Logos, the most exciting things.

And on that front, there is hope – whether it’s riding to battle in WoW’s technicolor cartoon dream pants or not. The Game Informer post explains that our intrepid fantasy archetypes are, in fact, making very mean faces at Storm Atronachs, who you may (not) recognize from Skyrim. Meanwhile, if you ride this link over to the full image, you’ll spy Daedric ruins – an Elder Scrolls exploration staple, which will apparently be joined by “various dwarven ruins, ancient nordic tombs, decayed dwemer buildings, and many other ancient locales, some of which players may have discovered in previous Elder Scrolls games.”

So I’m glad there’s a big emphasis on exploration here. Games like WoW basically murder the majesty of their giant worlds by turning them into meticulously interwoven quest chains linked by a progression of orderly hubs. It’s all so… mechanical. Meanwhile, aimless wanderings are an Elder Scrolls cornerstone, and – in necessitating more naturally structured worlds – create a irresistibly alluring sense of mystery. The series doesn’t tell me what’s lurking around every corner, and I love that.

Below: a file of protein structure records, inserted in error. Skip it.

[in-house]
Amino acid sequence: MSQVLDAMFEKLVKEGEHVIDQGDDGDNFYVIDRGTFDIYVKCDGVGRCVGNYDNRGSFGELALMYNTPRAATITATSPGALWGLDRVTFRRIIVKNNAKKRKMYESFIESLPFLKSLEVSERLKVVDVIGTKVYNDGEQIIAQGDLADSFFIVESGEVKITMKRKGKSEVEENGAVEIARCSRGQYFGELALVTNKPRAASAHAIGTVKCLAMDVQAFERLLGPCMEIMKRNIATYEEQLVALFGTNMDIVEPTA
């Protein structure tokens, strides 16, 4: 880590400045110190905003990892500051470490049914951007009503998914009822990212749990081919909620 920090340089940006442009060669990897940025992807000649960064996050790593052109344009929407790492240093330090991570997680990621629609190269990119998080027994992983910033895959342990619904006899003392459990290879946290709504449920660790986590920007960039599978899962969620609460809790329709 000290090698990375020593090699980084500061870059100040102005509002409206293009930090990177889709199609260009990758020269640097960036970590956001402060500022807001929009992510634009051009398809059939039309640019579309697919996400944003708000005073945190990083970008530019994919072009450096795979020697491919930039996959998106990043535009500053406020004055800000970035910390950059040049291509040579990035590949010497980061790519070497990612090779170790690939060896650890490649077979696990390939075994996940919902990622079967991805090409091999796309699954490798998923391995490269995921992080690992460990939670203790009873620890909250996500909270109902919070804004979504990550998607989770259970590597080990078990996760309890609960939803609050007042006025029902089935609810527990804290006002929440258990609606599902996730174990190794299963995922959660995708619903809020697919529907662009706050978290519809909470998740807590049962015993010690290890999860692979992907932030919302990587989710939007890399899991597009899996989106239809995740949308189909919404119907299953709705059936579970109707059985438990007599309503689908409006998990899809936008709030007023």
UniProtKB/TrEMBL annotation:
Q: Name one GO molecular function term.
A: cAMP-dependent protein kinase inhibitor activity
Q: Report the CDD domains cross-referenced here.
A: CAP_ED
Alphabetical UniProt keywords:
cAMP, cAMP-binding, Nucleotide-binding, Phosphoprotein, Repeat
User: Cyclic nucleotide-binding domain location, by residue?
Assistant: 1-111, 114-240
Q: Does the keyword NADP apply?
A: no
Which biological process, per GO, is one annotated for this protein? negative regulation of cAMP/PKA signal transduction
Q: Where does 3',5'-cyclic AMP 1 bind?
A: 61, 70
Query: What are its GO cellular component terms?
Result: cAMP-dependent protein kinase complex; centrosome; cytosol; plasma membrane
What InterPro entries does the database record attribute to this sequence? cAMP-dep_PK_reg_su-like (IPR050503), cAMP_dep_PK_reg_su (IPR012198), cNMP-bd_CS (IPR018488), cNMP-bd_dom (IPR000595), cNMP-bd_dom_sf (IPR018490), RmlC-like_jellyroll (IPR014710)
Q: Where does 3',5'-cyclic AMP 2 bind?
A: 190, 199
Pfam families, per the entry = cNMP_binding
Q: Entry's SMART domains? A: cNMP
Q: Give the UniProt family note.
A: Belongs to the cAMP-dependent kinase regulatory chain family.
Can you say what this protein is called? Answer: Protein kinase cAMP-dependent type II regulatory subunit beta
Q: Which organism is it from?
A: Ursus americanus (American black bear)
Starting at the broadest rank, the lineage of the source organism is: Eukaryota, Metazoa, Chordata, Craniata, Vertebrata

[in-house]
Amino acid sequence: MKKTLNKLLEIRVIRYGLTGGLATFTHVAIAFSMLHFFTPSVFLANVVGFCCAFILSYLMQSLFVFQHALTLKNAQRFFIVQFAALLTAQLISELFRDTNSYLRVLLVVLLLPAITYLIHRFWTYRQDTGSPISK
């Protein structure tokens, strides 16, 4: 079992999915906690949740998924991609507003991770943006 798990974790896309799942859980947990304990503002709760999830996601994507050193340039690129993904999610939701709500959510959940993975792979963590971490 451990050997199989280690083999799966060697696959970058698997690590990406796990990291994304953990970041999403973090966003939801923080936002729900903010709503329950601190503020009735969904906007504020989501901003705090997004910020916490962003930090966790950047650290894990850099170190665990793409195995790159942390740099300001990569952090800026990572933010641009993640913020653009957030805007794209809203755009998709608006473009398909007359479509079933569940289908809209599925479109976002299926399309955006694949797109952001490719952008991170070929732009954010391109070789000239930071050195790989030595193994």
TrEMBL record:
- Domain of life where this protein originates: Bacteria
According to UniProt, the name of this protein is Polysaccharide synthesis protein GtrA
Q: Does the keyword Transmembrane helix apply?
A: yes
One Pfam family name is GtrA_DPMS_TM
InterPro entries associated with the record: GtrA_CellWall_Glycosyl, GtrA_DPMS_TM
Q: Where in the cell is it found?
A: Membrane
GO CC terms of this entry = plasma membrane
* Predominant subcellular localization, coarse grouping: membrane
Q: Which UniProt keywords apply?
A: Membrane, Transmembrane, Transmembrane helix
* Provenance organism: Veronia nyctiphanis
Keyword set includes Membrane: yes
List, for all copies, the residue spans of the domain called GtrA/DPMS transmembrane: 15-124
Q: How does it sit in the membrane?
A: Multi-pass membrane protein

It looks as if TESO has pretensions towards the same sort of thing, and if they get it right in an MMO setting, it could be quite evocative. On top of that, having thousands of other adventurers in the mix – one of whom can even become Emperor – will only accentuate that feeling of being part of something far, far larger than myself. If done correctly, it could be a living world. Granted, there are very few believable worlds in MMOs right now (*cough* Eve *cough*) but there’s always a good reason to try.

That, however, is where The Elder Scrolls Online as we know it begins to struggle and strain under an over-encumbered inventory of good intentions and questionable executions. As Adam pointed out, combat’s king – even where the Emperor’s concerned. 100 vs 100 battles sound wild, especially with former Dark Age of Camelot devs at the helm – and player-driven conflicts are at the top of Elder Scrolls Online’s priority list. This does, however, detract from the overall Elder Scrolls type nature of the thing. As Adam put it: “No vampires, no werewolves, no homeowners, just power-hungry leaders with little regard for the democratic process.”